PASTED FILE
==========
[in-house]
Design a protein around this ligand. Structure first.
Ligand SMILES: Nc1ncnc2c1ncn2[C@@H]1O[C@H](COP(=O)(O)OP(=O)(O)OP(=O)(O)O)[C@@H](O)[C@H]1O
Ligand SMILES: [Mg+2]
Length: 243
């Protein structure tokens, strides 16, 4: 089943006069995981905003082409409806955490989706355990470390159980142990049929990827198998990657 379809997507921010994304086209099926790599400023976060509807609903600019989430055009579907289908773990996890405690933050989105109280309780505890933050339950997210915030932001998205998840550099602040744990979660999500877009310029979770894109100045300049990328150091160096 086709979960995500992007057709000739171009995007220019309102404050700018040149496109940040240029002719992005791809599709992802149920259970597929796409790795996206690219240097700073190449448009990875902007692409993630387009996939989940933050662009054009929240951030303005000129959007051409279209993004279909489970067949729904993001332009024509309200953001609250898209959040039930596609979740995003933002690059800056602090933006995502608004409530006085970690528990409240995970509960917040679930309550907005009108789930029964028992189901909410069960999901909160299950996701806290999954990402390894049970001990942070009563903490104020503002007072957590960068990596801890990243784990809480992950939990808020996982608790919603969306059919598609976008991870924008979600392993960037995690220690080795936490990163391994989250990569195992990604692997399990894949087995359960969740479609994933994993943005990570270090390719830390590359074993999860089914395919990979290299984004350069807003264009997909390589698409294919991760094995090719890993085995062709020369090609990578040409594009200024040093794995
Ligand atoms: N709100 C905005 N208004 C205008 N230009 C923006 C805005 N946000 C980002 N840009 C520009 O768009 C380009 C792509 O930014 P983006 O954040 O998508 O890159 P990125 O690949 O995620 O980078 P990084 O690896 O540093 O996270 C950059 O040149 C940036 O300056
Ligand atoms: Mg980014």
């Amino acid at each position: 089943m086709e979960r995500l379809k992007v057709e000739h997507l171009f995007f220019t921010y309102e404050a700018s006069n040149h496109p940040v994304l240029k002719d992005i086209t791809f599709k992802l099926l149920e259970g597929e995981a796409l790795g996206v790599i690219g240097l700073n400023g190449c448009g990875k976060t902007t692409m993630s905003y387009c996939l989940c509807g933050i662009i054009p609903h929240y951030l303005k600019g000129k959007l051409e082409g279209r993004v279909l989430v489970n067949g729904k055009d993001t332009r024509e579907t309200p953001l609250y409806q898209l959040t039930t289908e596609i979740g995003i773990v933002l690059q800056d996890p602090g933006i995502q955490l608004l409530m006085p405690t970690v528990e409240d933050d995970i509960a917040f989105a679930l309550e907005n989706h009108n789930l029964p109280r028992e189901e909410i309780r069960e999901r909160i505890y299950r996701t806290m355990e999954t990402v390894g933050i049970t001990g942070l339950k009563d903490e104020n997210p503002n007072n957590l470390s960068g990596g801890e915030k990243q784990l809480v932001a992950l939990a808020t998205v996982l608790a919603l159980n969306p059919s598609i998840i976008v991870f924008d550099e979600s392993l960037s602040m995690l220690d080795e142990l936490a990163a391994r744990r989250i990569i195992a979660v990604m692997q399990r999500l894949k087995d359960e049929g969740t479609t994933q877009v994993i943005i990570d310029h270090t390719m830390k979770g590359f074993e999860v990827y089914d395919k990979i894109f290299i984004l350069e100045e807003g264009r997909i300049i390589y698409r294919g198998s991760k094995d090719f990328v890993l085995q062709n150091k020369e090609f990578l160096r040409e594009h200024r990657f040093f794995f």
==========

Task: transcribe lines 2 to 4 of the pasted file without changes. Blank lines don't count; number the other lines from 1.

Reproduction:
Design a protein around this ligand. Structure first.
Ligand SMILES: Nc1ncnc2c1ncn2[C@@H]1O[C@H](COP(=O)(O)OP(=O)(O)OP(=O)(O)O)[C@@H](O)[C@H]1O
Ligand SMILES: [Mg+2]